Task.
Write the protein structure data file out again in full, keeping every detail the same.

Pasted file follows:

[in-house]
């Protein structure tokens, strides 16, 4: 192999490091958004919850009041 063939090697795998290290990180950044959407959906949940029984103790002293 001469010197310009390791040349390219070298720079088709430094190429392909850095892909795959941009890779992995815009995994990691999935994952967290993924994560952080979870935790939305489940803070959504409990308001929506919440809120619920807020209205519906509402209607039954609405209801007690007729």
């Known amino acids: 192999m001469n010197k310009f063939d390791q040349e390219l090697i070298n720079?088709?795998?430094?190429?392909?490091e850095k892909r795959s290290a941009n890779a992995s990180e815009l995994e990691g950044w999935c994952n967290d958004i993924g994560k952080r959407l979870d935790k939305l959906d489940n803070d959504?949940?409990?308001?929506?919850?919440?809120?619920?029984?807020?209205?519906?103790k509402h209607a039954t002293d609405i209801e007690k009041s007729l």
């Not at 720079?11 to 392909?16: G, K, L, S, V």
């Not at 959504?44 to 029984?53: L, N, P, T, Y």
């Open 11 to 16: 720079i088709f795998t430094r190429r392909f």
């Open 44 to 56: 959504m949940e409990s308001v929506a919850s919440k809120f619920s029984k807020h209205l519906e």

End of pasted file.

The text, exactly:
[in-house]
């Protein structure tokens, strides 16, 4: 192999490091958004919850009041 063939090697795998290290990180950044959407959906949940029984103790002293 001469010197310009390791040349390219070298720079088709430094190429392909850095892909795959941009890779992995815009995994990691999935994952967290993924994560952080979870935790939305489940803070959504409990308001929506919440809120619920807020209205519906509402209607039954609405209801007690007729």
């Known amino acids: 192999m001469n010197k310009f063939d390791q040349e390219l090697i070298n720079?088709?795998?430094?190429?392909?490091e850095k892909r795959s290290a941009n890779a992995s990180e815009l995994e990691g950044w999935c994952n967290d958004i993924g994560k952080r959407l979870d935790k939305l959906d489940n803070d959504?949940?409990?308001?929506?919850?919440?809120?619920?029984?807020?209205?519906?103790k509402h209607a039954t002293d609405i209801e007690k009041s007729l």
């Not at 720079?11 to 392909?16: G, K, L, S, V």
């Not at 959504?44 to 029984?53: L, N, P, T, Y």
């Open 11 to 16: 720079i088709f795998t430094r190429r392909f």
């Open 44 to 56: 959504m949940e409990s308001v929506a919850s919440k809120f619920s029984k807020h209205l519906e």